Sexton warns New Zealand about strong-arm tactics

Sexton warns New Zealand about strong-arm tactics

Johnny Sexton has warned New Zealand that any repeat of their strong-arm tactics from Dublin in 2016 will lead to red cards in Saturday’s World Cup quarter-final.

Sexton believes Sam Cane and Malakai Fekitoa avoiding straight dismissals in New Zealand’s 21-9 win in Dublin three years ago sparked the sport’s crackdown on high tackles.

Flanker Cane was only penalised for knocking out Robbie Henshaw with a head-high shot at a ruck, while centre Fekitoa was merely sin-binned for a crude high tackle on Simon Zebo.

New Zealand’s Sam Cane was one of the players Sexton felt deserved a red card three years ago in Dublin (David Davies/PA)
New Zealand’s Sam Cane was one of the players Sexton felt deserved a red card three years ago in Dublin (David Davies/PA)

New Zealand had reacted with unbridled fury to their 40-29 loss to Ireland in Chicago from a week earlier to reassert their authority in a pulsating encounter.

Ireland claimed their maiden win over New Zealand in Dublin in November, seeing off the All Blacks 16-9 – but while Sexton expects another response on Saturday, the 34-year insists there will be no repeat of that renegade physicality from the Dublin loss of 2016.

“I’m sure that’s what they’ll be speaking about going into this game, to go into it at full-tilt,” said Sexton, ahead of Saturday’s showdown with the back-to-back world champions.

“As far as that second game in 2016 went, that was almost the turning point for a lot of the rule changes about high tackles.

“Some of the yellow cards that were given out and some things that were missed, they would be reds now.

“They probably weren’t intentional at the time, but if they happened now there would be different consequences. So I don’t think it will happen again.

“They had a game recently when they went down to 14 against Australia, so I’m sure they will be very disciplined on the day.”

Sexton was Ireland’s only player to train at the Tokyo Stadium on Friday, with the rest of boss Joe Schmidt’s match squad completing their session at their training base.

The accomplished playmaker admitted he was keen not to break from routine, having always kicked at a stadium the day before a Test match.

Sexton took the hour-long bus journey from the team hotel then, but was glad of the chance to get his bearings at the ground, alongside skills coach Richie Murphy.

“I just didn’t want to break routine before a big game,” said Sexton.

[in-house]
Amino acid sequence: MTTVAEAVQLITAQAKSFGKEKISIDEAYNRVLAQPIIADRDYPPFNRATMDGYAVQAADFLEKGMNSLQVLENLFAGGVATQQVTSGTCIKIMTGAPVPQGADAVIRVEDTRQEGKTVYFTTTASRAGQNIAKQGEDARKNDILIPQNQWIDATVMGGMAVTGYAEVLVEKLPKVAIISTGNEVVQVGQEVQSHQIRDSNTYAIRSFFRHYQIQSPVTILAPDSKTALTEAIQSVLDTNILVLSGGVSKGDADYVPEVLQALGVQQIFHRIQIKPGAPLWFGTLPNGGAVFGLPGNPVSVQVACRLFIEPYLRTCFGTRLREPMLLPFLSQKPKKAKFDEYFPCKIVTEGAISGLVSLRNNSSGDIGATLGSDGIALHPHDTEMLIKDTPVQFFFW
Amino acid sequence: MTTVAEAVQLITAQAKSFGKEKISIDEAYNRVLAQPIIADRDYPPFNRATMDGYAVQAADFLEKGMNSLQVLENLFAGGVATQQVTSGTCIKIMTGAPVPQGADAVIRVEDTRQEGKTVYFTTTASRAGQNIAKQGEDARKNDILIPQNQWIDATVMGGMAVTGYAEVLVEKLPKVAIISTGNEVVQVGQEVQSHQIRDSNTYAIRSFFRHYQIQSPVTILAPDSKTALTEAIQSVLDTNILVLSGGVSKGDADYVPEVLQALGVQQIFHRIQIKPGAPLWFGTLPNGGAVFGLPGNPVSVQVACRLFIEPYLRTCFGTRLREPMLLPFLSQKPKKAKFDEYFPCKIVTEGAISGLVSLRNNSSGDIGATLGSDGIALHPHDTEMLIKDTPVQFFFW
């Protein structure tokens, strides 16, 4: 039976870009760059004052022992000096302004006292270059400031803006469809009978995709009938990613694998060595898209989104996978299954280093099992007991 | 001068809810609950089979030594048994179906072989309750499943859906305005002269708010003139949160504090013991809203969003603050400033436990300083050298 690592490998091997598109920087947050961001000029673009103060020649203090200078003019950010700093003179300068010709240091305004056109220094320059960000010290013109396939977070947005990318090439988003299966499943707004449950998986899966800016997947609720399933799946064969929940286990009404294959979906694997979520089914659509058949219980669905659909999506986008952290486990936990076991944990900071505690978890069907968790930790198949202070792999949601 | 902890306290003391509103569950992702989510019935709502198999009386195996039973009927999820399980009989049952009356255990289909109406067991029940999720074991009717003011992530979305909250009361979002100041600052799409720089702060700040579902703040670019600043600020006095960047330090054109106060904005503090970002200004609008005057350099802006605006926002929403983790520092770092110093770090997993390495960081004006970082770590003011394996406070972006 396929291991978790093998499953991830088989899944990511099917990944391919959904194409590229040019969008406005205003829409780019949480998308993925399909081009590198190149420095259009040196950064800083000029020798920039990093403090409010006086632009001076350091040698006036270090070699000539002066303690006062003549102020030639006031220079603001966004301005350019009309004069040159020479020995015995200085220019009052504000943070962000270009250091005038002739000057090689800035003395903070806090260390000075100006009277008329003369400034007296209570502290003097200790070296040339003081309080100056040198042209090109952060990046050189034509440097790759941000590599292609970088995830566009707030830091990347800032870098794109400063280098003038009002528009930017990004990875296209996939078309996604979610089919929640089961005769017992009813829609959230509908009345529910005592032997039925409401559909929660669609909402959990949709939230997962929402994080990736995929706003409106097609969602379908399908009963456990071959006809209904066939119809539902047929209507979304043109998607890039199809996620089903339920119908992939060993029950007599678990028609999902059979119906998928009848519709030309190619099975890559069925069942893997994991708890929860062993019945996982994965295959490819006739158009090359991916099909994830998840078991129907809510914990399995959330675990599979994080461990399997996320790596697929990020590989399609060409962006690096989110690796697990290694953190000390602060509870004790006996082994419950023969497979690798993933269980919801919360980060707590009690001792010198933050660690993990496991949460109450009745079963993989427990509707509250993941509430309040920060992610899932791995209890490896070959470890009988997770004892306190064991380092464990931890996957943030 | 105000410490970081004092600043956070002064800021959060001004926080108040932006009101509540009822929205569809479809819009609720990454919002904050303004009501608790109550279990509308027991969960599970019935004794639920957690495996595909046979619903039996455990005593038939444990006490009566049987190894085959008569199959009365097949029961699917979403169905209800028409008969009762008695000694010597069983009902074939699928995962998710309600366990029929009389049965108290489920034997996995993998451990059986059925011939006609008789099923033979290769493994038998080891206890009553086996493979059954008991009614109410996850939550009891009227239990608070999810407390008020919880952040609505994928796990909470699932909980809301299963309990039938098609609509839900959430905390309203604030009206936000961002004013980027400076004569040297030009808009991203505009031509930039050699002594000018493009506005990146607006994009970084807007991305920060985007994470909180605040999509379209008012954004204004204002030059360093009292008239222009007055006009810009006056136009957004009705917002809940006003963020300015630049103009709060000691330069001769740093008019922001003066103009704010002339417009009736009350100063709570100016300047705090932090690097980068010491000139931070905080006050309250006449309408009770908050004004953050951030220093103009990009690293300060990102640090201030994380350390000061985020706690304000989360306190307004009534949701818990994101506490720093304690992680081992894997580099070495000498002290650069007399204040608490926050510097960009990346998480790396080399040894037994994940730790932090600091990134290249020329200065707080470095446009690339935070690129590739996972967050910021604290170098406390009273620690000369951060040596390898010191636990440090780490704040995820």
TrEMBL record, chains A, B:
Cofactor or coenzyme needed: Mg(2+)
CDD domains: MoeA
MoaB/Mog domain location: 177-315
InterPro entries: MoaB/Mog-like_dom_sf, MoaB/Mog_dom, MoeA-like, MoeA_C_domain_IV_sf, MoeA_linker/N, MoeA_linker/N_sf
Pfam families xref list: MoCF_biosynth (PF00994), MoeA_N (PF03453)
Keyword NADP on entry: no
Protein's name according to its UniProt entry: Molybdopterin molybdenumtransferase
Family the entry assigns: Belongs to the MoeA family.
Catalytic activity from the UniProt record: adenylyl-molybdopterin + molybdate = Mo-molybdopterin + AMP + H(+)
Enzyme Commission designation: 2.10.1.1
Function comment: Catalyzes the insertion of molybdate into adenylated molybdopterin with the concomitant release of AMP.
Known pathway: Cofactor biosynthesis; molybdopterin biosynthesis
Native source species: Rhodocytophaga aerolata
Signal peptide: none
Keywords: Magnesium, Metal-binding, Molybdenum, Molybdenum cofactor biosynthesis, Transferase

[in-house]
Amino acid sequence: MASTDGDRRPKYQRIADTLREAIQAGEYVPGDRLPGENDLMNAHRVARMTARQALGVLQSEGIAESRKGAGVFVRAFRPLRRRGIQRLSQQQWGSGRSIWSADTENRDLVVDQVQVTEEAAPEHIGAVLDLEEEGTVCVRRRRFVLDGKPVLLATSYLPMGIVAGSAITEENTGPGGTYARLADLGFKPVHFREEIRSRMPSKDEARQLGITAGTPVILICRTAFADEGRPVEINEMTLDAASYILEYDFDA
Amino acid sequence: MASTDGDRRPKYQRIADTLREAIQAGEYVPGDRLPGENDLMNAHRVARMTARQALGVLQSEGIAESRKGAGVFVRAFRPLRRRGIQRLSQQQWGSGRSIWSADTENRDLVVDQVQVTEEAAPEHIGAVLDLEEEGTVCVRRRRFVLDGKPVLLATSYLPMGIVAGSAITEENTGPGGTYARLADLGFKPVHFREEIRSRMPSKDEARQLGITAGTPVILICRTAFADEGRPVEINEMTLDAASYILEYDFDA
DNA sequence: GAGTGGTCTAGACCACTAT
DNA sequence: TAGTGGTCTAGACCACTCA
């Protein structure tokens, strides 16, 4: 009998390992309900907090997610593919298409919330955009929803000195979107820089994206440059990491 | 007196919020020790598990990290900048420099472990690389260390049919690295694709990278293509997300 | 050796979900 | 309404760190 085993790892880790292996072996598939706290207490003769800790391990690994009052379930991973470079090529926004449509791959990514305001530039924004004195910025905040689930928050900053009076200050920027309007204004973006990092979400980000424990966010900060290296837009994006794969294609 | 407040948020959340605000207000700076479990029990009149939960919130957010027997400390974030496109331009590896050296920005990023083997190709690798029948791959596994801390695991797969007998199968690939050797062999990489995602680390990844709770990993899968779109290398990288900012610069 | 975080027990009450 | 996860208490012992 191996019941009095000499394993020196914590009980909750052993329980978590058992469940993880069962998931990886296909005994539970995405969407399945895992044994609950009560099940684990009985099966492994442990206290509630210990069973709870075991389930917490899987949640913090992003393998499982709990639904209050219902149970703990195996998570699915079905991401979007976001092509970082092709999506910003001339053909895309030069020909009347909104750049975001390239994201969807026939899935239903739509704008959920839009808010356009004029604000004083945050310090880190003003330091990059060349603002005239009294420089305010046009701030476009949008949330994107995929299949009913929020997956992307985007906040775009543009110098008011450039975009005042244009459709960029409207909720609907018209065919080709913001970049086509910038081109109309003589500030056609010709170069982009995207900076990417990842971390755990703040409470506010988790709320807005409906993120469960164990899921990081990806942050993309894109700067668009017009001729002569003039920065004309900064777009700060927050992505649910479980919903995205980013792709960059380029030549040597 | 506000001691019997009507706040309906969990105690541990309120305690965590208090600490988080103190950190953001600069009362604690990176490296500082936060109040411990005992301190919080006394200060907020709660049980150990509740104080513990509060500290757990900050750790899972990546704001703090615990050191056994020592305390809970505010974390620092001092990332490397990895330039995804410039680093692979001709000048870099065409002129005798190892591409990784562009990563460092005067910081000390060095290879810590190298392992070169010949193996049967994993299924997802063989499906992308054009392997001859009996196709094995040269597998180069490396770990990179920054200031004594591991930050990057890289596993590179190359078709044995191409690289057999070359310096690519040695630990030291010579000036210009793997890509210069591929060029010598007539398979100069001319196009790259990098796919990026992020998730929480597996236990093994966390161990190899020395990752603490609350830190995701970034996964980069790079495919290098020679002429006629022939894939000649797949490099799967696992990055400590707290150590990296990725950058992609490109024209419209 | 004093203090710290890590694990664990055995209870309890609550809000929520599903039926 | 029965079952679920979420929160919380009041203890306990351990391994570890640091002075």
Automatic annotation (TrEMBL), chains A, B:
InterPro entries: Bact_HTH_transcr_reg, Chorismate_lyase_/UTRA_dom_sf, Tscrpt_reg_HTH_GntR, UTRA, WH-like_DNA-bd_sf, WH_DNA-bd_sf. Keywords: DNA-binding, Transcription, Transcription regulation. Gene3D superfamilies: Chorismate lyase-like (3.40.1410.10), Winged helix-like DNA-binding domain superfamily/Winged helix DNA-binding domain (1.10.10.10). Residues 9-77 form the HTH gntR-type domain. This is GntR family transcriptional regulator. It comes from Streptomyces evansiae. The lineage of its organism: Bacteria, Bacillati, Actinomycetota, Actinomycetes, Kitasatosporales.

“I’ve never not kicked at a stadium the day before a game, so I wasn’t going to start something new now.

“I had the bus to myself, and I had the pitch to myself, which was a bit strange.

Ireland’s Sexton, right, and Conor Murray have created a formidable half-back combination (Gareth Fuller/PA)
Ireland’s Sexton, right, and Conor Murray have created a formidable half-back combination (Gareth Fuller/PA)

“But I was able to chill out on the bus and I’ll do the same on the way back.”

Sexton and scrum-half Conor Murray will set a new Ireland record 56th joint Test start as a half-back pairing, moving past the previous high mark held by Peter Stringer and Ronan O’Gara.

The 87-cap Ireland fly-half Sexton admitted he expects people to start talking about the end of his partnership with 30-year-old Murray straight after the World Cup – but vowed both men still have a big Test future.

“When we started off we wouldn’t have believed we’d go on to play this many games together,” said Sexton.

At the end of the World Cup people will probably start calling for our heads, saying we're too old and that the next batch needs to come through; I can see it already.

“It was like two strangers, almost introducing ourselves to each other in the first two games.

“And look, we’ve gone from strength to strength. He’s a top-quality operator, a quality pass and kicking game and all the things you’d expect from a world class scrum-half.

“It’s been a pleasure to play alongside him and I hope that we have many more together.

“At the end of the World Cup people will probably start calling for our heads, saying we’re too old and that the next batch needs to come through; I can see it already.

“But we hope that we’ve got a good few more years left in us yet.”

Ireland in a good place but All Blacks built for knockout rugby

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